• 6.8.9 defines the == and != operands for (among other) a pointer operand and a null pointer constant. For these: "If one operand is a pointer and the other is a null pointer constant, the null pointer constant is converted to the type of the pointer."

Conclusion: In fp == (void *) 0, the null pointer constant is converted to the type of fp. This null pointer can be compared to fp and is guaranteed to be unequal to fp if it points to a function. Assignment (=) has a similar clause, so fp = (void *) 0; is also well-defined C.

share|improve this answer
my immediate thought was this is GCCs problem, so I upvoted you. Redefine (or even ugly-hack GCC to do the same) NULL to 0 is also OK, I think. – Prof. Falken Oct 8 '10 at 10:57
Note that C allows NULL to be defined as just plain 0 rather than (void *)0. A nasty implementation like this should probably make use of that option and #define NULL 0, and I would argue that you're justified in fixing its broken standard header files in this case so that you can use NULL as specified. – R.. Oct 8 '10 at 15:07
@R..: I fully agree. That was the (unstated) rationale for my answer. – schot Oct 8 '10 at 15:16
Now here's a question. Using NULL with function pointers is well-defined by the standard, but is using (void *)0 with function pointers well-defined? I doubt it. – R.. Oct 8 '10 at 15:39
@R..: See my update. – schot Oct 8 '10 at 16:18

You could try this:

#ifdef NULL
  #undef NULL
#define NULL 0
share|improve this answer

The way you describe should work: An integer constant expression with the value 0, or such an expression cast to type void *, is called a null pointer constant. If a null pointer constant is converted to a pointer type, the resulting pointer, called a null pointer, is guaranteed to compare unequal to a pointer to any object or function.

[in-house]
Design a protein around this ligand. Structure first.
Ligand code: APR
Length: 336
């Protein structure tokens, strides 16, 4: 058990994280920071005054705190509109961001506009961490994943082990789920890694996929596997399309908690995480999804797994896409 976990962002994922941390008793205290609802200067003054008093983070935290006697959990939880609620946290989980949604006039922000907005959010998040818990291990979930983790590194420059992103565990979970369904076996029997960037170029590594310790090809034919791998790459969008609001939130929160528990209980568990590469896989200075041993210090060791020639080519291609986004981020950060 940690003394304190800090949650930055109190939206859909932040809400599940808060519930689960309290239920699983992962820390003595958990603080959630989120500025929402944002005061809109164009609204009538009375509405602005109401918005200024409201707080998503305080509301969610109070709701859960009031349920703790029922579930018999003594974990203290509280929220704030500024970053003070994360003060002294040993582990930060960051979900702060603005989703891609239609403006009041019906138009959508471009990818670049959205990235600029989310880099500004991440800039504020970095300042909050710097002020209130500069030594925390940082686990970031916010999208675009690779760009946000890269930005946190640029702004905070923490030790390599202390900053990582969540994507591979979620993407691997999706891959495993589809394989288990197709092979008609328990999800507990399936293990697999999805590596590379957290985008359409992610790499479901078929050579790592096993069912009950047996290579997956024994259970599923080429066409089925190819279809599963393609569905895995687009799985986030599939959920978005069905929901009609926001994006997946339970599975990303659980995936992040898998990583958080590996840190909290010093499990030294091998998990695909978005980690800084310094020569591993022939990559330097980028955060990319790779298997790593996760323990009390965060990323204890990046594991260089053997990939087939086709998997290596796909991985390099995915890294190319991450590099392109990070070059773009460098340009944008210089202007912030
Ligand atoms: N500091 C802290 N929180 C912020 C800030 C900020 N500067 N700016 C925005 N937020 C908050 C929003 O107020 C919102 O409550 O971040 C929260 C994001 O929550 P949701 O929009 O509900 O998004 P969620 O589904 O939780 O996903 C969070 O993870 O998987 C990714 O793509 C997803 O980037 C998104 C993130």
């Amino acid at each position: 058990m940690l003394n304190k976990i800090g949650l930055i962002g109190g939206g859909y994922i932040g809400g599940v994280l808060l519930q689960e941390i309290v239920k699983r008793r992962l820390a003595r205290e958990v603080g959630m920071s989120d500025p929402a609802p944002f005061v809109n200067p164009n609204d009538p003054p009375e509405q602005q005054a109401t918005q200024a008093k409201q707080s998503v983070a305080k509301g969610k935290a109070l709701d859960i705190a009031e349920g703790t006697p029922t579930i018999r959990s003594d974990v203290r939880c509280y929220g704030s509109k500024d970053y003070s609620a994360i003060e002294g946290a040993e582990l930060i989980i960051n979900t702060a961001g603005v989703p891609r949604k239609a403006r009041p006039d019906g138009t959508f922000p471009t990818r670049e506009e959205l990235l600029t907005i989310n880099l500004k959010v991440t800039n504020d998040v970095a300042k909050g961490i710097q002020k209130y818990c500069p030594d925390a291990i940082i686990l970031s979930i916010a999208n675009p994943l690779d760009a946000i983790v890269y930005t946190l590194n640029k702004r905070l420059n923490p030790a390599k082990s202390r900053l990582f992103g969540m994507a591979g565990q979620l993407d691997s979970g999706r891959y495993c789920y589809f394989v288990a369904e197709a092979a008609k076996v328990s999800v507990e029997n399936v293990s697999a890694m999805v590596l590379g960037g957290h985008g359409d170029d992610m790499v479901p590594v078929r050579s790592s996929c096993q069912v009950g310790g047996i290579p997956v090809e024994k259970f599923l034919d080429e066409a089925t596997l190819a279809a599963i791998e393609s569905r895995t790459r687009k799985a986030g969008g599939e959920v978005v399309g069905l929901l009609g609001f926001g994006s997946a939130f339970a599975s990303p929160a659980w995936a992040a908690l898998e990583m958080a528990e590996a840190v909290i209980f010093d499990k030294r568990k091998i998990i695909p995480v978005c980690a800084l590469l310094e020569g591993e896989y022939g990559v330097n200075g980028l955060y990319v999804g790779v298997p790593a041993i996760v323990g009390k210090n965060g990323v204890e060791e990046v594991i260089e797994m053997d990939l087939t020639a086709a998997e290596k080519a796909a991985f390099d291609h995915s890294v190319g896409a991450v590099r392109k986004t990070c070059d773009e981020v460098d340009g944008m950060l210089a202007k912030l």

So, either NULL has been redefined to something not 0 or (void*)0 (or equivalent?) or your compiler is non-conformant.

Try redefining NULL yourself (to plain 0) after all the #includes in all files :-)

just for kicks: try gcc -E (to output the preprocessed source) on a problem file and check the expansion of NULL

share|improve this answer
NULL is definitely (void *) 0 at present. So yes, a compiler bug seems most likely. – Vicky Oct 8 '10 at 10:43
Do you get the bad behaviour with and without optimizations? ( gcc.gnu.org/bugzilla/show_bug.cgi?id=22051 ) – pmg Oct 8 '10 at 14:43

You could try a segment hack (really only a hack), so you can use the fast 16bit comparision, without any risk. Create segements at each n*0x10000 boundary with size of 4 (or even smaller), so there never can't exists a real function.

It depends on your embedded device memory space, if this is a good or a really bad solution. It could work if you have 1MB normal Flash, which will never change. It will be painfull if you have 64MB Nand Flash.

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Interesting approach! +1 for originality if not pleasantness :-) – Vicky Oct 8 '10 at 14:05

Here are a few suggestions:

  1. temporarily change NULL to (char*)0 or something else that is not implicitly convertible to a function pointer. This should give a warning about every comparison with a non-matching pointer. You could then run the produced compiler output through a tool like grep and look for a typical pattern for function pointers, like (*)(.

  2. redefine NULL as 0 (without the cast to void*). This is another valid definition for NULL and might do the right thing for you, but no guarantees.

share|improve this answer

Edit the implemention's system headers to replace all occurrances of

#define NULL ((void *)0)


#define NULL 0

Then file a bug report with the vendor. You should not have to modify your (perfectly correct, albeit ugly style) code because of a bug in the vendor's compiler.